I watched her for perhaps five minutes, during which time she seemed to feel peckish. She turned around and began climbing towards the bundle she’d wound up earlier.

argiope climbing 3

 

argiope climbing 5

The short, light-brown leggy structures with which she seems to be holding the prey are called pedipalps. Although they look like legs, they function more as antennae. She uses her pedipalps just as it appears, to hold the prey steady and guide it to her mouth.

She wrapped herself around it, perhaps taking a sip in the process, and then moved her dish to another spot on her web.

argiope climbing 7

argiope climbing 8

argiope climbing 9

argiope dinner time

argiope my dinner argiope moving food argiope taking food

Dragonfly season

The dragonflies have started making appearances around my garden.

blue dragonfly

A Great Blue Skimmer? (Libellula vibrans) perching on a dead flower stem.

I love watching these graceful insects buzz around my garden. A small pond in my front yard, perhaps three feet long and two feet wide, seems to be enough to attract them by the dozens. I like how this one seemed to cock his head and consider me as I photographed him.

dragonfly in pond

One of my goals for the summer is to learn more about the dragonflies and other insects that visit my garden. I think this one is the Great Blue Skimmer (Libellula vibrans). Lots of these come to visit, and they’re enormous.

I hope they’re eating lots of mosquitoes.

dragonfly profile

 

First dates: Plants I’m trying this year

This week, I will share some of the plants I’m trying out in my garden for the first time.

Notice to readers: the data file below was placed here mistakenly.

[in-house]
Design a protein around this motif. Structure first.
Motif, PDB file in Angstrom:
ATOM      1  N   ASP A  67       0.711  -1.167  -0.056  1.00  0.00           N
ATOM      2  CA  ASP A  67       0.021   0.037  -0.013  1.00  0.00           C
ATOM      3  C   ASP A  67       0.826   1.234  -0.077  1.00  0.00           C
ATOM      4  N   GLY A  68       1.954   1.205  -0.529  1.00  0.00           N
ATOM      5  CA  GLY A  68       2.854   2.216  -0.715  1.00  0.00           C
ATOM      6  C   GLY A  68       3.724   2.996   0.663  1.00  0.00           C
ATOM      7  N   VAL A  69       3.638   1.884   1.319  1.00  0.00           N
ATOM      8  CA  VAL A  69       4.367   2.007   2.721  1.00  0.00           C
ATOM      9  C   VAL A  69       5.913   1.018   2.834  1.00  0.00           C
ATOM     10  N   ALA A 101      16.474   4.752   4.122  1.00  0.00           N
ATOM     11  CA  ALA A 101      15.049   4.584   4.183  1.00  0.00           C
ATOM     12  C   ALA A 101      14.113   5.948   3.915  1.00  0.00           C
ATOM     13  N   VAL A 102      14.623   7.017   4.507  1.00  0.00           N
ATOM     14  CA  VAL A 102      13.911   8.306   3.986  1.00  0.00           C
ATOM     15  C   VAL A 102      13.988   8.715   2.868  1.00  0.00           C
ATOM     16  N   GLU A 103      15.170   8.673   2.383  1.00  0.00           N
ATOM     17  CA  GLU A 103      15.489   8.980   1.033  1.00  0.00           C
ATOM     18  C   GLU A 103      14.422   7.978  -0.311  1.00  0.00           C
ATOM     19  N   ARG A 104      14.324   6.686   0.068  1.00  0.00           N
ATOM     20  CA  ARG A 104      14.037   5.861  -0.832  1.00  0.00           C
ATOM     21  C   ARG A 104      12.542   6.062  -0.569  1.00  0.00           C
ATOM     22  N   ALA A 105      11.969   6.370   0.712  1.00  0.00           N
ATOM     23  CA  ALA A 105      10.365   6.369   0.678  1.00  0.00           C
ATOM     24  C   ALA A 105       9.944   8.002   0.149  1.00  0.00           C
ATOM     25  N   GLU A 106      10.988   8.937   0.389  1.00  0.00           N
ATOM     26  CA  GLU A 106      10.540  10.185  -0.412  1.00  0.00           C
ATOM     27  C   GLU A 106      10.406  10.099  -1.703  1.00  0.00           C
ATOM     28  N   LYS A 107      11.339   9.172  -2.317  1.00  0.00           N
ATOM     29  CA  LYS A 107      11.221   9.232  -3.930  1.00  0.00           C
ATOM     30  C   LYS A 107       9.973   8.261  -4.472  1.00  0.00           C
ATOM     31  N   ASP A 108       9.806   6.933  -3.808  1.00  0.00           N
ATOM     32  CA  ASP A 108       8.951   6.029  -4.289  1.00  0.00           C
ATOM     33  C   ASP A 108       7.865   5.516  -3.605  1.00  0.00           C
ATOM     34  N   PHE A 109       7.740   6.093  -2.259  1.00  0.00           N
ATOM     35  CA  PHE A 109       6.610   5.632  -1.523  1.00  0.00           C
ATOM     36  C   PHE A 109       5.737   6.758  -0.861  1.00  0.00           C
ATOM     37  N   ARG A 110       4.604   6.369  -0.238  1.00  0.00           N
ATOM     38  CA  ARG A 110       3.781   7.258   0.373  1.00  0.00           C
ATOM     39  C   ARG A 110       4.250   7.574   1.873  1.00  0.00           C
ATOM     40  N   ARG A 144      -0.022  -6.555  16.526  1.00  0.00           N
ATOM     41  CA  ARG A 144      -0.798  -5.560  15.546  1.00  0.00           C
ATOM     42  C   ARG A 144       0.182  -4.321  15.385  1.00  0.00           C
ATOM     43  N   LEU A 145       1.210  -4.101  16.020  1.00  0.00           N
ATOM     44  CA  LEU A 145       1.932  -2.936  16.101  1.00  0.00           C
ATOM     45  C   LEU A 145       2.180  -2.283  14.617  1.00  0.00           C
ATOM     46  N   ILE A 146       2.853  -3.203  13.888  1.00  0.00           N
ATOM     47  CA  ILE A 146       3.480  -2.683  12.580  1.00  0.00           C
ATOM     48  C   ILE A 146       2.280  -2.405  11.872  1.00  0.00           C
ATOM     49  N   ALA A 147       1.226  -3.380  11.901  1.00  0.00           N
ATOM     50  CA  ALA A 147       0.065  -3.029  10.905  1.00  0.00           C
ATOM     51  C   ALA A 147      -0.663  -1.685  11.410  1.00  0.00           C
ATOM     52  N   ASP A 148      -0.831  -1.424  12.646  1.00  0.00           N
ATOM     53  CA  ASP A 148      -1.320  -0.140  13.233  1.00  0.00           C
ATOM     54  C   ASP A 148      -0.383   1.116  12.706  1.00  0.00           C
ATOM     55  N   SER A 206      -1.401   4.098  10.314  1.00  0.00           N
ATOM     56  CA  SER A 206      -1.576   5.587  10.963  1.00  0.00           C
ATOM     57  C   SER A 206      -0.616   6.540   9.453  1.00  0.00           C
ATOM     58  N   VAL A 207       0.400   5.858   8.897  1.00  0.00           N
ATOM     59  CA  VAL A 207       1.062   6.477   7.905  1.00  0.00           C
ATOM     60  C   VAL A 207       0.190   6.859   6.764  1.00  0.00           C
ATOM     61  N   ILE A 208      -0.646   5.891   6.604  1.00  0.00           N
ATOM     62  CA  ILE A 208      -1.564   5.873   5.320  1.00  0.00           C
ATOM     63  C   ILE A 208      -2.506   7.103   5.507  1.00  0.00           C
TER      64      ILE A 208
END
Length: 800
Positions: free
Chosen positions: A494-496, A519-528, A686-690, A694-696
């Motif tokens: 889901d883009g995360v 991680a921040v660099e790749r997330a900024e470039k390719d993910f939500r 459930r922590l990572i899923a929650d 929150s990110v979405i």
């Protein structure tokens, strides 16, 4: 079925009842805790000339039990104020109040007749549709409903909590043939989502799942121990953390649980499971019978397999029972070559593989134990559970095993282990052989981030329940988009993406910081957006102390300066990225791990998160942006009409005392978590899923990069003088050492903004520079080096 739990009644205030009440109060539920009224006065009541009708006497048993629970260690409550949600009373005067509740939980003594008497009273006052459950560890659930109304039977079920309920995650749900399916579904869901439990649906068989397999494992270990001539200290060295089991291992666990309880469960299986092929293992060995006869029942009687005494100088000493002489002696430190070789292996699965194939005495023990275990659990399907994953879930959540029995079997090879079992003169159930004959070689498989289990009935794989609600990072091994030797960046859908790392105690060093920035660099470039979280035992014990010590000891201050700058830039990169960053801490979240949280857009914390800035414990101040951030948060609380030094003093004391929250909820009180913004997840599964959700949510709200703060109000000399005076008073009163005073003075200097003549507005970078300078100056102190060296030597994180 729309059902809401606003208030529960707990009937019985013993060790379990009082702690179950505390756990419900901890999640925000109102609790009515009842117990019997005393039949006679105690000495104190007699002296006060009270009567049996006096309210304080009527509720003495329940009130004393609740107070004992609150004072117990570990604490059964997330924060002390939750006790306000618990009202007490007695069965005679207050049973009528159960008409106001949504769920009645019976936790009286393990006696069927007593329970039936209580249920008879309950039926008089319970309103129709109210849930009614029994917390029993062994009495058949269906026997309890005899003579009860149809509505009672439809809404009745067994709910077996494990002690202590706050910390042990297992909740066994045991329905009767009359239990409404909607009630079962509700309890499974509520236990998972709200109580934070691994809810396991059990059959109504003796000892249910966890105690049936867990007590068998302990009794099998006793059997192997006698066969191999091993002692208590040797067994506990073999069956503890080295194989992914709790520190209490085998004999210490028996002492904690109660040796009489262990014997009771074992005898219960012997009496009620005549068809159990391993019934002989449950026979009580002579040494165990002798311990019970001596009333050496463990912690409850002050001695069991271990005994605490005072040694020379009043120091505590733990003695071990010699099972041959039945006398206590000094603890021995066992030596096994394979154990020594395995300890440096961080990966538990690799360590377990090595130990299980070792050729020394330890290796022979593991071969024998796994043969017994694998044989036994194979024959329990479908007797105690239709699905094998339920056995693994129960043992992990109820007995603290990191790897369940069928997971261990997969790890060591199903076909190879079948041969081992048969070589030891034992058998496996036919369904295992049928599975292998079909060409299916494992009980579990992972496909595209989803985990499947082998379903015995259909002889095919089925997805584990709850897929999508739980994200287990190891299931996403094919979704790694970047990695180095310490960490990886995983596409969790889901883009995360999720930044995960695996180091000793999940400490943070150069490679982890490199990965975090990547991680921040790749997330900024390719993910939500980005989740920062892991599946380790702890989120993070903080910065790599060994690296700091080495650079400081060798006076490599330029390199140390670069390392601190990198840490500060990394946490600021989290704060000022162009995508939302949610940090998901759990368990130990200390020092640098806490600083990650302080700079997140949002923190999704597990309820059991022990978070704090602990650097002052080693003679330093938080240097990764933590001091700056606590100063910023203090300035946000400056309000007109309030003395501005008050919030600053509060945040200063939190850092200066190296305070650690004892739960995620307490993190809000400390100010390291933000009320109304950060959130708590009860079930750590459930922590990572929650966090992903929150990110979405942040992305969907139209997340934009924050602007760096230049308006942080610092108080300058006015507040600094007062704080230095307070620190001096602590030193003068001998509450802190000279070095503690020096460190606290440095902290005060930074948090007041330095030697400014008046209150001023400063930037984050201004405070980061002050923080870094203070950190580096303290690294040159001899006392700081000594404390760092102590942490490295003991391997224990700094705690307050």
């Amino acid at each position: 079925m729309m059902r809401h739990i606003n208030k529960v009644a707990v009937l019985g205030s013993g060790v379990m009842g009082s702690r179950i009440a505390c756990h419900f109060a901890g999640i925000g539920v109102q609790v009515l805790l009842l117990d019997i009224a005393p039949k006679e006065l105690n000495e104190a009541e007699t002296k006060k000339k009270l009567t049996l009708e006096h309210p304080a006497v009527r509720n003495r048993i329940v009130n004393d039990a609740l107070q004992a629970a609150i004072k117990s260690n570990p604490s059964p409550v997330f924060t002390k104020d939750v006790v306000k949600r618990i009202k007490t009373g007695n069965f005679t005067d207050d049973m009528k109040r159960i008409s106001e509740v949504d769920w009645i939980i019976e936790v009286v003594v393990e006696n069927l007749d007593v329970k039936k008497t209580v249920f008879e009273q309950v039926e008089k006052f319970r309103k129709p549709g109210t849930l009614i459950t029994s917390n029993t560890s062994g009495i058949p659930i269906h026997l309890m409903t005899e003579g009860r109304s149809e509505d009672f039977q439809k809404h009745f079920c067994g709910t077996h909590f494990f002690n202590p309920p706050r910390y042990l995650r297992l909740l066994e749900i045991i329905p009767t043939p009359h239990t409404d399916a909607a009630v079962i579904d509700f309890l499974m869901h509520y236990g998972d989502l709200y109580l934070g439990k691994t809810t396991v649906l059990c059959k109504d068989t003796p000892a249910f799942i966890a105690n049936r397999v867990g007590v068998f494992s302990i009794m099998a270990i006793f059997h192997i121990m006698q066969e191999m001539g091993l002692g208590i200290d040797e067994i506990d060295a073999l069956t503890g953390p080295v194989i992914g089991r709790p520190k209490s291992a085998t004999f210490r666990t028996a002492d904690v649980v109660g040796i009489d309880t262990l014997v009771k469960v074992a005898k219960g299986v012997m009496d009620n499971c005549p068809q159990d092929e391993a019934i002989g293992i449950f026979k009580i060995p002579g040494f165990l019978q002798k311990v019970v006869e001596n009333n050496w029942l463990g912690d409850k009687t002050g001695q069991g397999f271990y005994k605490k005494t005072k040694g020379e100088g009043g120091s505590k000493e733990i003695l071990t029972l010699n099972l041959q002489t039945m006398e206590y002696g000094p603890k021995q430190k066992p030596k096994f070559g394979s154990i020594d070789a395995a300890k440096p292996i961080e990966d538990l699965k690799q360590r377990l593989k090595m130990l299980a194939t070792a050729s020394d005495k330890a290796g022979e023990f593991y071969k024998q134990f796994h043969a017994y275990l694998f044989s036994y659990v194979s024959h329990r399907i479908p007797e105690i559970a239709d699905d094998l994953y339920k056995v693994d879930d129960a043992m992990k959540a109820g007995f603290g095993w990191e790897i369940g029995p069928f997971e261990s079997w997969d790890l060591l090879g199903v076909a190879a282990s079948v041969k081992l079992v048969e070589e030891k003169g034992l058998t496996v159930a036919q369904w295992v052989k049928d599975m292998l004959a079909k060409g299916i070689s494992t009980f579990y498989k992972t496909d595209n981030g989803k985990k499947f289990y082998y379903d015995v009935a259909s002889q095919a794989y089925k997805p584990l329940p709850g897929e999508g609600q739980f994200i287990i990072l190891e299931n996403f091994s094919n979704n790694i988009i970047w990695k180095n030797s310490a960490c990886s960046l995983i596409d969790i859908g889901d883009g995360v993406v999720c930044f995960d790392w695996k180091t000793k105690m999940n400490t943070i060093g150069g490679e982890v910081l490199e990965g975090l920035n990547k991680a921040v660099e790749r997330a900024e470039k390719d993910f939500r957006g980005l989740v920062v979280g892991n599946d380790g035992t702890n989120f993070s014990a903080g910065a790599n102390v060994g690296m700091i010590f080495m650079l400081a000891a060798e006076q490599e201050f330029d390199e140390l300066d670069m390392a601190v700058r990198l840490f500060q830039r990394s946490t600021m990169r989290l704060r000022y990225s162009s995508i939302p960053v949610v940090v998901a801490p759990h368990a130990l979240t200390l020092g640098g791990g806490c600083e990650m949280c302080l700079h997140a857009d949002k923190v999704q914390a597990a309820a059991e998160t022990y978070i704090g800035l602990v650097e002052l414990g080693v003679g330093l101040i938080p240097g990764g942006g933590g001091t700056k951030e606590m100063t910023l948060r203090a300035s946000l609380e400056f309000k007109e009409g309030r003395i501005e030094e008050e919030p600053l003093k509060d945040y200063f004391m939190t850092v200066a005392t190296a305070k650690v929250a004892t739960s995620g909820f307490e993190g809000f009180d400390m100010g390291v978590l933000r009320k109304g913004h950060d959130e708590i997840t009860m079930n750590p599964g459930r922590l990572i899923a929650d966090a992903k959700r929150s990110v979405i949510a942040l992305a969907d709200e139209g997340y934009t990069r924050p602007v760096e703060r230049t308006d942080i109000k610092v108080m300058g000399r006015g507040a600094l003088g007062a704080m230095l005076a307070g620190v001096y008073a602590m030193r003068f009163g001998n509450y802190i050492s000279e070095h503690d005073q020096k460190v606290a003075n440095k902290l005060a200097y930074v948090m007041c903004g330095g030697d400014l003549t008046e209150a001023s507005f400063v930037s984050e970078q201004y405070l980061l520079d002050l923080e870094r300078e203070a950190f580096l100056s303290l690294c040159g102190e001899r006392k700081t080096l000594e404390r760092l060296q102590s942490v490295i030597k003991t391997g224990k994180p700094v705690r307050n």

Mina lobata

Mina lobata uses numerous aliases, including firecracker vine, Spanish flag, and exotic love vine. This sun-loving annual grows quickly to 10 feet long and produces lush, trilobed leaves similar to those of Ipomoea batatas, the sweet potato vine, to which it is related. In late summer to early fall, Mina lobata produces red flowers that fade to orange, yellow, and white. Those tubular (as in tube-shaped, not as in surfer-speak) flowers attract swarms of hungry hummingbirds, so plant it where you can enjoy the show. The vine will reseed to come back year after year, but do be mindful that the seeds are poisonous so keep them away from children and pets.

Mina lobata

By Magnus Manske (Own work) [CC-BY-SA-3.0 (http://creativecommons.org/licenses/by-sa/3.0)%5D, via Wikimedia Commons

Synonymous with Ipomoea lobata, this plant is related to morning glories and I expect similar habits. I’ve not had much trouble with reseeding morning glories, but I keep an eye out so nothing gets out of hand.  Mina lobata is said to cope well with heat and humidity, which I can guarantee in my neighborhood.

I thought I first saw this plant growing at Montrose last fall, combined with Helianthus, cosmos, and other fiery flora. But upon closer inspection, I’ve discovered that what I thought I was admiring was not Mina lobata, but Cuphea micropetalum.

Border at Montrose with Helianthus, Cuphea micropetalum, and orange cosmos.

Border at Montrose with Helianthus, Cuphea micropetalum, and orange cosmos.

This is what I thought was Mina lobata. It's not. It's Cuphea micropetalum.

This is what I thought was Mina lobata. It’s not. It’s Cuphea micropetalum.

To grow from seed:

Scarify the seed (scratch with sandpaper or nick the seed coat slightly) and soak in water overnight or up to 24 hours to improve germination. Sow seed outdoors after the last frost, or sow indoors and transplant after the frost risk has passed. Give its twining stems a trellis or tuteur to climb upon, or train it against a fence or wall you’d rather not see. Like clematis, its roots prefer some shade, and it likes rich soil, neutral to slightly acid pH, and moderate water. Do not overfeed Mina lobata with high-nitrogen fertilizer, or you will have lush vines and few flowers.

If left to dry on the vine, the seed heads may be harvested, cleaned, and stored in a cool, dry place.